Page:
Music

Album Review: Manchester Orchestra – ‘Cope’

Manchester_Orchestra_Cope

Manchester_Orchestra_CopeMost won’t have ever given much thought to the simple word ‘cope’. Manchester Orchestra have. ‘Cope’ explores every avenue of meaning it possesses, the simple power of one word best epitomised by the succinct branding of this album. Always lyrically strong, Atlanta’s finest have stepped up their game with this album finalising a journey of struggles with life, death and everything in-between spanning four studio albums in the simple realisation that all we can really do, is cope.

While one glance at the acoustic sets in ‘Cope’’s accompanying video series ‘Magic Moments’ is enough to prove that frontman Andy Hull’s lyrics are no less heartfelt than 2011’s ‘Simple Math’ the sound is worlds apart. With ‘Simple Math’ Manchester Orchestra clearly targeted the heart with a subdued, delicate sound – this year they pick us up of the floor, relentlessly beat us over the head with unyielding rock anthems and spit us out, gasping for more. This an album from a Manchester Orchestra that know what they want, and what they want is to belt out everything they’ve got with an aggression greater than that of any previous outing.  A brave move from a band who’s most popular tracks are on the quieter side of their range, but one that absolutely doesn’t disappoint.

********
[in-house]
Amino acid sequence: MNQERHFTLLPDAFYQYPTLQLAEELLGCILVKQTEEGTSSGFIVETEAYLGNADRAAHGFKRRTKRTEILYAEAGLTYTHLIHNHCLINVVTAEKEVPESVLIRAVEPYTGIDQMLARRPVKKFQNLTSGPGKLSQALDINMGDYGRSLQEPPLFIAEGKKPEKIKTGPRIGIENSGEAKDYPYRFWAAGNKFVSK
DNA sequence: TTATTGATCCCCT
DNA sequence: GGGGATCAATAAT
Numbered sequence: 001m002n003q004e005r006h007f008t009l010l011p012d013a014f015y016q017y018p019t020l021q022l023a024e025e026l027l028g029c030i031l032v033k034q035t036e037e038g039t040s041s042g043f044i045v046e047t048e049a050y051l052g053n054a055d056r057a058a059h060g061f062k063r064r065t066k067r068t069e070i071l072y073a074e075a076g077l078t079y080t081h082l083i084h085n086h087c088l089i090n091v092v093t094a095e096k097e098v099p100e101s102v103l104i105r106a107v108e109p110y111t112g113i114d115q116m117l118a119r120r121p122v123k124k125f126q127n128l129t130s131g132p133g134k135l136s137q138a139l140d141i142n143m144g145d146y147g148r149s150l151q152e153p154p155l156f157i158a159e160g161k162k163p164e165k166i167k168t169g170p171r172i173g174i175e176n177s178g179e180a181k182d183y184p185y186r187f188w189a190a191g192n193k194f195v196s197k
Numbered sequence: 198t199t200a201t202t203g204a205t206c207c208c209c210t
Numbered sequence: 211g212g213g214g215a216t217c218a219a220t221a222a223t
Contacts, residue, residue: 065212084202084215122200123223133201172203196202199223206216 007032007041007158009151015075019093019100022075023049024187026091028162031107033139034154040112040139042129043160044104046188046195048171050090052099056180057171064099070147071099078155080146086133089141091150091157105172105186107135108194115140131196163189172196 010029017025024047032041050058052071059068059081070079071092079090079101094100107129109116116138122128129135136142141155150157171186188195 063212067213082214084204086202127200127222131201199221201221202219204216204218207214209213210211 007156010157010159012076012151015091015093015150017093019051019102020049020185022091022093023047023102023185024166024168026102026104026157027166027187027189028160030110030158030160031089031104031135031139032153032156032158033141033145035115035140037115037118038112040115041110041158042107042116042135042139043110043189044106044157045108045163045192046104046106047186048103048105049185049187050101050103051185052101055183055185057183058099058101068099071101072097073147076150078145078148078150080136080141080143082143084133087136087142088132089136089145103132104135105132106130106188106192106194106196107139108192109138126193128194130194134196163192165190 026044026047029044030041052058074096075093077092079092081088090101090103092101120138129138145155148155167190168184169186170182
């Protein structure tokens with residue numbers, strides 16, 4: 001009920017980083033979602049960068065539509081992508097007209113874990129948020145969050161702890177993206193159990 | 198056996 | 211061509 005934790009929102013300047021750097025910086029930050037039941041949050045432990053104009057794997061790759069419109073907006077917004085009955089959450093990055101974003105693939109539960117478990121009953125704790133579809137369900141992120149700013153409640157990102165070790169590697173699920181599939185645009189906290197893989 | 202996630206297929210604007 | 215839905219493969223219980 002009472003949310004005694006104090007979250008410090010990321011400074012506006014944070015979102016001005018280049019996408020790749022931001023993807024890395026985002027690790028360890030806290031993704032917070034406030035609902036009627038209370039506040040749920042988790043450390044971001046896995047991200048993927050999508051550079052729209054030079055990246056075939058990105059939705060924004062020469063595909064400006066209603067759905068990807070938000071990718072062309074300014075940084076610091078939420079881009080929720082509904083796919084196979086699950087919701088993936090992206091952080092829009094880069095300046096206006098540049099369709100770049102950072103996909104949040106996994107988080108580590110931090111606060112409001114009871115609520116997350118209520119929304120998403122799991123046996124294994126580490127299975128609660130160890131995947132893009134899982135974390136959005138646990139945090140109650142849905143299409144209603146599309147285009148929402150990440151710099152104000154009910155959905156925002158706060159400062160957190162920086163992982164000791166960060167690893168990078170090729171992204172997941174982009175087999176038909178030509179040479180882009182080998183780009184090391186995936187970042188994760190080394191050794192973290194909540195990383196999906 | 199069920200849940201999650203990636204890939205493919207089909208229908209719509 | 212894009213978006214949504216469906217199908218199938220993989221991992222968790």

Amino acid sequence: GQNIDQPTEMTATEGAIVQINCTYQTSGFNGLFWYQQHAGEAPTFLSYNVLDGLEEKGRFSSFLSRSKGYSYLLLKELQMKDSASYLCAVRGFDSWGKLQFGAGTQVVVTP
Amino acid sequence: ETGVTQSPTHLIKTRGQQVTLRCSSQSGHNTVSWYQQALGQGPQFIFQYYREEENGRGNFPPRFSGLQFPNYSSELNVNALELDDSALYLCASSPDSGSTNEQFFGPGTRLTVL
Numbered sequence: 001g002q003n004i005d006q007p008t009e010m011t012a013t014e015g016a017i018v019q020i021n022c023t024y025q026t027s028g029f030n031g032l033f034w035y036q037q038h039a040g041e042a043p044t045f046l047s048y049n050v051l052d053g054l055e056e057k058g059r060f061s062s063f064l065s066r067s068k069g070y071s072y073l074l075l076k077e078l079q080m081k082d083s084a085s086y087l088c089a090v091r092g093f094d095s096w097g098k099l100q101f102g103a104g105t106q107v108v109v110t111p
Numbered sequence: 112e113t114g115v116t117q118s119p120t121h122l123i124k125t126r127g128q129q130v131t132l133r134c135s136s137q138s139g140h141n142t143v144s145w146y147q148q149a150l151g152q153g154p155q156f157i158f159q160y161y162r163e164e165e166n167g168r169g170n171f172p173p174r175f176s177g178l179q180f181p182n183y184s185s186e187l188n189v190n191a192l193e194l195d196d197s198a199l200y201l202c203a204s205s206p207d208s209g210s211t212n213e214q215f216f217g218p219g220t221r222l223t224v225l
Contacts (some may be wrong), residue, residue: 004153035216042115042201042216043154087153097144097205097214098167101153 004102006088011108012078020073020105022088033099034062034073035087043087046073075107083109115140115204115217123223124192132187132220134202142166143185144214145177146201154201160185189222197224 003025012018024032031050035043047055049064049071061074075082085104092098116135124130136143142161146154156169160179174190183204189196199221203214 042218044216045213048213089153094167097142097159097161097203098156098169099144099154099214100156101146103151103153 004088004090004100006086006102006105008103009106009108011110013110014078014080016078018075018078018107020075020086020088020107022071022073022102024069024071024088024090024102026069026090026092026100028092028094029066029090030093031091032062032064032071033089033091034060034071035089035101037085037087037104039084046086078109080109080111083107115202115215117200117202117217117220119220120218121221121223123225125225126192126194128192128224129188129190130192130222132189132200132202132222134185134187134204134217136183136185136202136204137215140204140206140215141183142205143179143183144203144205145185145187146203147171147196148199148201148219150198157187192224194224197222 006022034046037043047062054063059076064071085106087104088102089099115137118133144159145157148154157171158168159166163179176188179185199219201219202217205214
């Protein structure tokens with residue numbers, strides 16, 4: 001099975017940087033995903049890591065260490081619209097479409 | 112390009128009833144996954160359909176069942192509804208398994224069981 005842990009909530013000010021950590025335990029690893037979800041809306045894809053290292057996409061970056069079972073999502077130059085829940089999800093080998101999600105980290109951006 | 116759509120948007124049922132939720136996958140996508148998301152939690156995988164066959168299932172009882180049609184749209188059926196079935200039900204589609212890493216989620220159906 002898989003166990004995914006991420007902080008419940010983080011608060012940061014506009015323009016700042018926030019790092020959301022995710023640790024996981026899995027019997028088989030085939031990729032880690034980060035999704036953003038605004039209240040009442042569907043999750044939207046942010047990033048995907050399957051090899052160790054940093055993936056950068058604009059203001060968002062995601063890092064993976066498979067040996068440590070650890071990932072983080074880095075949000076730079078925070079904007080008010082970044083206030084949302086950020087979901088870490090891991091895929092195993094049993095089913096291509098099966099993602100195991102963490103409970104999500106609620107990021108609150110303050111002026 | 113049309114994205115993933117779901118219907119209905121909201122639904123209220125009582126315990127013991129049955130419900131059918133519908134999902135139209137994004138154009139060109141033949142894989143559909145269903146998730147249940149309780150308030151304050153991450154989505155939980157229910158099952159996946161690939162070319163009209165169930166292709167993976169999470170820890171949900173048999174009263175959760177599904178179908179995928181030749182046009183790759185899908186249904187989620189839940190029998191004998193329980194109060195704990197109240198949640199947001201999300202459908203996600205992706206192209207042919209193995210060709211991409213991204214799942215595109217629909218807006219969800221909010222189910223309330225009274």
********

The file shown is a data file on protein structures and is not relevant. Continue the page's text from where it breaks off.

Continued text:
While sophomore album ‘Mean Everything To Nothing’ was no stranger to a shout and a thrash of a guitar, it never quite cut loose like ‘Cope’. Out of nowhere, opener ‘Top Notch’ announces its presence with a powerful blast of dirty chords, letting up only briefly for synth ridden interludes in ‘Girl Harbor’ and ‘Indentions’. ‘Cope’ races on towards its swelling and dissipating title-track closer, ending the album as abruptly and powerfully as it begun.

Recorded in a studio built by the band themselves, free of time constraints and input from producers or labels, ‘Cope’ is the most quint-essentially Manchester Orchestra album to date. Improving with every listen, Hulls self-identified gap in the modern rock scene reflects a perfect understanding between all involved that this is a black and white rock album but still somehow manages to provide so much more. A fantastic effort from a band that quite simply can do no wrong.

5/5

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